I (accidentally-on-purpose) looked down at H Khala’s shoes. Pristine-white trainers. Probably her ‘interview shoes’. She is such a cool person: she came in with her backpack on, with a Palestine flag coming out of its side pocket. She wore a long top with floral decorations on it. I just remember her being so cool, when I was younger, and she still is, now, Masha Allah. [Today, also, she said I look like I’m fourteen years old…]

Today, after my school day had ended, I went up to the school’s lab, in order to watch Sweetie and her students carry out their experiment. The plan had been to do a sheep heart dissection [throwback, for me, to Year Nine, when Miss Khatun showed us a sheep’s pulmonary system, and even blew into it to show us how it works. I… could not stand to even look at meat, for weeks, after that event…].

As it so turned out: Sweetie could not find sheep hearts at any of the local butchers’. But she still had to carry out an experiment with her girls. So, Mama (Sweetie’s husband) to the rescue… He called up a bunch of local florists’ and such [pun not intended, but it’s there, Masha Allah! Ohhhhh] and located some pondweed, for Sweetie to carry out a photosynthesis experiment with them instead.

Mama and Sweetie’s relationship. Masha Allah, I just love so much. Mama: lover of Ertuğrul; Islamic history; food; an engineer by day, chef/husband/father by evening. Sweetie: lover of crafts; holding fun dinners for us all; taking us on awesome outings; an A-level Biology teacher by day, chef/wife/mother-to-us-all by evening. I really do believe that Allah made human beings “in pairs”, as the Qur’an says. Some people are lucky enough to find their other halves, in this lifetime. I think this – their beautiful relationship, Masha Allah – is an example of that.

Yesterday, Sweetie found a fiver in her pocket, and got really excited about it. Then Mama said same! He loves randomly finding money in his pockets, and had also found a fiver in his pocket yesterday; they both held their matching notes up excitedly. I love the idea of being married with someone whom you can freely be a dweeb with.

Today I learned what ‘acetate sheets’ are. And I ate some Roses chocolates (they are wrapped in said sheets) in a room in which there had also been dead locusts in vinegar solutions; casual containers of hydrogen peroxide; sand; test tubes… Kinda makes me want to go all Frankenstein and stuff, up in there.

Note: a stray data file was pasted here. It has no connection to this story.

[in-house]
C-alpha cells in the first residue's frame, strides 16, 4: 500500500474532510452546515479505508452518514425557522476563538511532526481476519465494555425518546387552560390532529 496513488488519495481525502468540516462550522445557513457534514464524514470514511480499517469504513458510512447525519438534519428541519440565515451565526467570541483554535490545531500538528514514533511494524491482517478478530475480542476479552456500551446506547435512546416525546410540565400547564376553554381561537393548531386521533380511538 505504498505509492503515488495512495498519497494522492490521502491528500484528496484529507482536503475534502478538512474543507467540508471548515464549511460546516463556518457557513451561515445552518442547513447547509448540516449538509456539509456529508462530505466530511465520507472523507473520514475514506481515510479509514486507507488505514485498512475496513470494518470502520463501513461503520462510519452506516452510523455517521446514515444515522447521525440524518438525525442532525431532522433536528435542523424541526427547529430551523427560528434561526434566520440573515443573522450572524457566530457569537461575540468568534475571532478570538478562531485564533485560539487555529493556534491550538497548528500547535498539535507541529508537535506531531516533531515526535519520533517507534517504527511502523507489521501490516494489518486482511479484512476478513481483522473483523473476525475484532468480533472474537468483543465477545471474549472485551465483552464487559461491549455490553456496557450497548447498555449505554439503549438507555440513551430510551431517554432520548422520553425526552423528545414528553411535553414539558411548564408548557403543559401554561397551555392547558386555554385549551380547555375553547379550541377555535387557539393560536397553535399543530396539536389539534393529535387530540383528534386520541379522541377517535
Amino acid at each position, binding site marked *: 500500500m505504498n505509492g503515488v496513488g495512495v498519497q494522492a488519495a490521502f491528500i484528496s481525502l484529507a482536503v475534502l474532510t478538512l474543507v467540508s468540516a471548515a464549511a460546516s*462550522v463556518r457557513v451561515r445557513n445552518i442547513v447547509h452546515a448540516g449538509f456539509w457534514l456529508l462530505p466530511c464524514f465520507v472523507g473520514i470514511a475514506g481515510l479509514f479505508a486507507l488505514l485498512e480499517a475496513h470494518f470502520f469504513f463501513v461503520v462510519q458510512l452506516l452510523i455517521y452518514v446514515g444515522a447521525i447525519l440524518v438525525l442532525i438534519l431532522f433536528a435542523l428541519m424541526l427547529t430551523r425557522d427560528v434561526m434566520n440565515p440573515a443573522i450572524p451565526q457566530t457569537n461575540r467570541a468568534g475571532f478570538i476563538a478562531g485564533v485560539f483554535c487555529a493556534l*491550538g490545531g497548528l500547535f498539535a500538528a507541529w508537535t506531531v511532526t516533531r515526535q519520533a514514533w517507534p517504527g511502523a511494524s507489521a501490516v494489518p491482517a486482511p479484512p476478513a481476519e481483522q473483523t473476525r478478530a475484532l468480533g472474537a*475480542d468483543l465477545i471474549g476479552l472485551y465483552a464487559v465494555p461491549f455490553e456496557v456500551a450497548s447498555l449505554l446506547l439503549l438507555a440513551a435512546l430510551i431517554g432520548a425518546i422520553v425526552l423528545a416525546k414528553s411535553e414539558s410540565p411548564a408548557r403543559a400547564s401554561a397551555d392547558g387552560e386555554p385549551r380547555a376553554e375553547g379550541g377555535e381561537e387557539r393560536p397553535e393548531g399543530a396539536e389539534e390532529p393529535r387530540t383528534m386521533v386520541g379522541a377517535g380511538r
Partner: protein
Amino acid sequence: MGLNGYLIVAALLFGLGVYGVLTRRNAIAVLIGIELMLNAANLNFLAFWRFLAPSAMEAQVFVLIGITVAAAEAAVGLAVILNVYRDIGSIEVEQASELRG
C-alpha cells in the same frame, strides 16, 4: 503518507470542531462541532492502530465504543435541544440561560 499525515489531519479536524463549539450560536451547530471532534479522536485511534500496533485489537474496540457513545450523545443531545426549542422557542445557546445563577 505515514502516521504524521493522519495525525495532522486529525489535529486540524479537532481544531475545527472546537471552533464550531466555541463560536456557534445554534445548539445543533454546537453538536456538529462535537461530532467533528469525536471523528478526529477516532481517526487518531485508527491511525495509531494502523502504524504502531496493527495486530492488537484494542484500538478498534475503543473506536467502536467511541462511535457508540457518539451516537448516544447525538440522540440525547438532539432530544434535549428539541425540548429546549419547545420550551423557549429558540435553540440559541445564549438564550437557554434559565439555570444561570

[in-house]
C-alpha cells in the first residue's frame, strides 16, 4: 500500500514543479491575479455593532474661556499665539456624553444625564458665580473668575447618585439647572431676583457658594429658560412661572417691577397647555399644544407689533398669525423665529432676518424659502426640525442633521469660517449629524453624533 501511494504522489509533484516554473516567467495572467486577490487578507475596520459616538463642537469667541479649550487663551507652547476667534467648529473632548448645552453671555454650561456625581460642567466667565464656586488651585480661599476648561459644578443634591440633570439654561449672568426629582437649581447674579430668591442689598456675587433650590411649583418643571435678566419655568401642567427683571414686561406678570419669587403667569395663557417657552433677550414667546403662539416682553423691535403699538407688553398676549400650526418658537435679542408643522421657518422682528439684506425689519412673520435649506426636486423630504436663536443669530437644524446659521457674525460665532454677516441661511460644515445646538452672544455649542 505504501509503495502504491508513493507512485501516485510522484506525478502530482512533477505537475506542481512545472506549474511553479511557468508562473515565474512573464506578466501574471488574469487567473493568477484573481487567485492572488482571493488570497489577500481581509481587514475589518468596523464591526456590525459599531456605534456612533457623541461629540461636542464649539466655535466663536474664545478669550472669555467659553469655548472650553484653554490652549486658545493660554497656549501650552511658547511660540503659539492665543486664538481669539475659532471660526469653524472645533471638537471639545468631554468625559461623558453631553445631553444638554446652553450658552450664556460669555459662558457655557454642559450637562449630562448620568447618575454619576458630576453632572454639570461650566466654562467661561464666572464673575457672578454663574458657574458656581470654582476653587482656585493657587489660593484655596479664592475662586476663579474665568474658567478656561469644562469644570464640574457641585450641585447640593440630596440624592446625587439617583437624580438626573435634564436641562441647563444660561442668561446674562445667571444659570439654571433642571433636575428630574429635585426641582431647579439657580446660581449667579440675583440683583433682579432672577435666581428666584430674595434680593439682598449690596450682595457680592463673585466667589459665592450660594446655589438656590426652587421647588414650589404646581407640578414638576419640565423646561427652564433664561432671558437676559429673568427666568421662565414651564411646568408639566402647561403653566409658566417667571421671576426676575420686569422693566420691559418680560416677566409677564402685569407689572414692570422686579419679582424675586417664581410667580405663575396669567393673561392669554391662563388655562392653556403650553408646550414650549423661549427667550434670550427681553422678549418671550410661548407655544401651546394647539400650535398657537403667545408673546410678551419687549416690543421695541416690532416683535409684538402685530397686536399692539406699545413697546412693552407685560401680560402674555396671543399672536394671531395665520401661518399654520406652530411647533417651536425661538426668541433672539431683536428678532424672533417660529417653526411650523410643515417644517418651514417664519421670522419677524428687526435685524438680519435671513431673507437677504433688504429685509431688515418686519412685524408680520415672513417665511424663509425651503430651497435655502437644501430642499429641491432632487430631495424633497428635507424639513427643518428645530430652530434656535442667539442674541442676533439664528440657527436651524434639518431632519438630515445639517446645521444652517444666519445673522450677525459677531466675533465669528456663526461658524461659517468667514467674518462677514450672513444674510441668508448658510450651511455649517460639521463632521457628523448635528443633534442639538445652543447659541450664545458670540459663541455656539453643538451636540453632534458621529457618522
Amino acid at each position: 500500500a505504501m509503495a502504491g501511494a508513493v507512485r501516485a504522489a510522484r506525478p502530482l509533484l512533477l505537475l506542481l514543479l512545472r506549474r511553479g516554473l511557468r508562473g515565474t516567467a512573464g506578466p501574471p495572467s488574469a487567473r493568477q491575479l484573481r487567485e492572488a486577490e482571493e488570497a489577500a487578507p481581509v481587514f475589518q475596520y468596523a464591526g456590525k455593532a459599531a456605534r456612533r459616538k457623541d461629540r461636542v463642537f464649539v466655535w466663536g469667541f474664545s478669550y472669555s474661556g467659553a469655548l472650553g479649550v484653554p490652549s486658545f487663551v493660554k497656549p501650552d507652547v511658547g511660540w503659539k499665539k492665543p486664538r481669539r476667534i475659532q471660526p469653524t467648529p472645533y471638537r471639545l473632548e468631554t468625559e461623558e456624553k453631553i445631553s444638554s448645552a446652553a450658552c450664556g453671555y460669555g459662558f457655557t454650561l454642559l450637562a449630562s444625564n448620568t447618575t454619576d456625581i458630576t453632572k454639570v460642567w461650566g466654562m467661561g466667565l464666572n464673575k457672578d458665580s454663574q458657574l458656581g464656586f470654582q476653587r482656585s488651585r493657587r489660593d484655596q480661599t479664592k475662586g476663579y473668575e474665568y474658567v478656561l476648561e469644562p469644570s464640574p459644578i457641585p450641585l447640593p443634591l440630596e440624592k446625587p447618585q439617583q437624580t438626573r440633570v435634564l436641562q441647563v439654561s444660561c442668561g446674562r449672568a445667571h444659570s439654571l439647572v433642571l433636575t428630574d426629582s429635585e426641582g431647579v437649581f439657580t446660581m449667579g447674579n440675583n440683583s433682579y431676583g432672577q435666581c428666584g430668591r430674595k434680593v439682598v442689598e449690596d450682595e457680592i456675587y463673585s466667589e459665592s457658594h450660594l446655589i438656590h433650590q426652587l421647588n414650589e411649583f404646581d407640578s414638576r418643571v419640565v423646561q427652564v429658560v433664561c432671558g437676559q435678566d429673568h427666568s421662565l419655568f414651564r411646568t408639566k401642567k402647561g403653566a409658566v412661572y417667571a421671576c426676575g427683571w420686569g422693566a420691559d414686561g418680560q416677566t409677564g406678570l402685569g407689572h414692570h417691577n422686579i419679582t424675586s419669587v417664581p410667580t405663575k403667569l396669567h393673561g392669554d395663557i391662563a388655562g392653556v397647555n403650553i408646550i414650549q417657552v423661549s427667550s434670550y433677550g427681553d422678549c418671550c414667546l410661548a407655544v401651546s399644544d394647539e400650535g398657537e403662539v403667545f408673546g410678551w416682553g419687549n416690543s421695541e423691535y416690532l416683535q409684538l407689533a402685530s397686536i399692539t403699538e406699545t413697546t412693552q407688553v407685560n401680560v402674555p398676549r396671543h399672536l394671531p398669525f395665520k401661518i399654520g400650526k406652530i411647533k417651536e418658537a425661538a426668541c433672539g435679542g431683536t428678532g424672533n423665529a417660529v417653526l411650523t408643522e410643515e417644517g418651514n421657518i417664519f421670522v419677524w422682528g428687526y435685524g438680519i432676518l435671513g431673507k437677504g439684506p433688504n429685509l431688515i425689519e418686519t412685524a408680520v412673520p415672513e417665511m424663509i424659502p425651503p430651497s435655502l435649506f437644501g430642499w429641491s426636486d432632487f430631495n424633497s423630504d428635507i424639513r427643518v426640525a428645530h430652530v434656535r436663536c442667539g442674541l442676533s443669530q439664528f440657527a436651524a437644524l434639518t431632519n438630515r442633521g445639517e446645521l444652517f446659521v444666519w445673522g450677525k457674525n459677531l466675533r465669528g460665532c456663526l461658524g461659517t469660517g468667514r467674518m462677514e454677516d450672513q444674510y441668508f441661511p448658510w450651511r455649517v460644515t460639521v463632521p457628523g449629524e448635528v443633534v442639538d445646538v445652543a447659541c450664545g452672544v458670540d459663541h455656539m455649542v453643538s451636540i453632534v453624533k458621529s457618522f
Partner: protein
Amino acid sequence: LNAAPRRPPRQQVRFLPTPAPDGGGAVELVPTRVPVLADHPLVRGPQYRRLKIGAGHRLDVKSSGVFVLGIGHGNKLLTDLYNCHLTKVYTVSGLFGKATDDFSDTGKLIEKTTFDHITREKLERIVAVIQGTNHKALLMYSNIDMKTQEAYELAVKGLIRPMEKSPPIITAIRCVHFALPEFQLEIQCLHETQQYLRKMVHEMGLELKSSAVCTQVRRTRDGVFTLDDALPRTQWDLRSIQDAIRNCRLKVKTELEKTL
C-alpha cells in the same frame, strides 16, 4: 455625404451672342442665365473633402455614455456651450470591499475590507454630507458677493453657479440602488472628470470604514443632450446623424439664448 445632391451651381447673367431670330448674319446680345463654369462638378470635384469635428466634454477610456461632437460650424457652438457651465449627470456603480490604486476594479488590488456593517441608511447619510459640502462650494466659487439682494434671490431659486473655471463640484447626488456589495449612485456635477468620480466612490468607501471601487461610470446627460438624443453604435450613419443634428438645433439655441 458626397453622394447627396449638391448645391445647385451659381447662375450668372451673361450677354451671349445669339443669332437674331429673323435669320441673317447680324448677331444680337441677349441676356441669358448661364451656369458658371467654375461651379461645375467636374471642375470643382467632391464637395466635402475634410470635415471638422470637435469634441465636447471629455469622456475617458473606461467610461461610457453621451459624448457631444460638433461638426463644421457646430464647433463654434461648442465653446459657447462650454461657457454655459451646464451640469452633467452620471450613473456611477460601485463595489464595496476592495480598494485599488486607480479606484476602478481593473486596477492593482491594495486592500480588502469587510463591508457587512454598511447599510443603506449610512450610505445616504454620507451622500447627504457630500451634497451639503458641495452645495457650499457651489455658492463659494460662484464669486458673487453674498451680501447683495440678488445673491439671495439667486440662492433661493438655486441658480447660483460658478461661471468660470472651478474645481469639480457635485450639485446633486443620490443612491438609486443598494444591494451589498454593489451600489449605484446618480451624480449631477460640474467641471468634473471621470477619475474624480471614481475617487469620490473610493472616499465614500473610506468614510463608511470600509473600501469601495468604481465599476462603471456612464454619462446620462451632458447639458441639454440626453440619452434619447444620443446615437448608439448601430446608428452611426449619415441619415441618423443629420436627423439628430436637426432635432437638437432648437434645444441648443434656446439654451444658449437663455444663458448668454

Sweetie and I tend to walk home together on Wednesdays, Thursdays, and Fridays. Sometimes, we grab a bite to eat; usually, Sweetie makes us food. But increasingly, recently, Alhamdulillah, I am really growing into this whole adulthood thing. I make food for her, and she actually enjoys it! [She’s known to be an honest food critic… she’ll tell you when the food is great; she’ll constructively criticise, if need be, also.]

I love hearing about Sweetie’s random stories, on our walks home. And, the way she explains scientific concepts, making them comprehensible to me. Once, the other day (last month, maybe?) she had planned to do an experiment with pollen – there was a more technical name for what she wanted to show them, but alas, alas, science and I had officially parted ways after Year Eleven – and so we went to the local produce shop (H–s-y’s) to get daffodils. Atchoo! if you have hay fever.

Today, also, Sweetie asked if she could leave something of hers in my drawer [at work, we are given a drawer – for mail and for printing – and a locker – for personal things. In some people’s lockers, for example in Miss Fillanda’s, there are basically entire kitchens, Tardissed away in there…]. I said yah, sure, why not. When she opened the drawer, we found a parcel in there [and man do I love receiving mail at work!] from… a 17-year-old author, who has published a book about autism (‘The Spectrum Girl’s Survival Guide: How to Grow Up Awesome and Autistic’, by Siena Castellon). I love receiving books. I love receiving anything, to be honest. This book: I look so forward to reading, Insha Allah. I just need to fix up on how much I read: my aim is to read (and I know it sounds unrealistic but…) a quarter of a book a day, Insha Allah.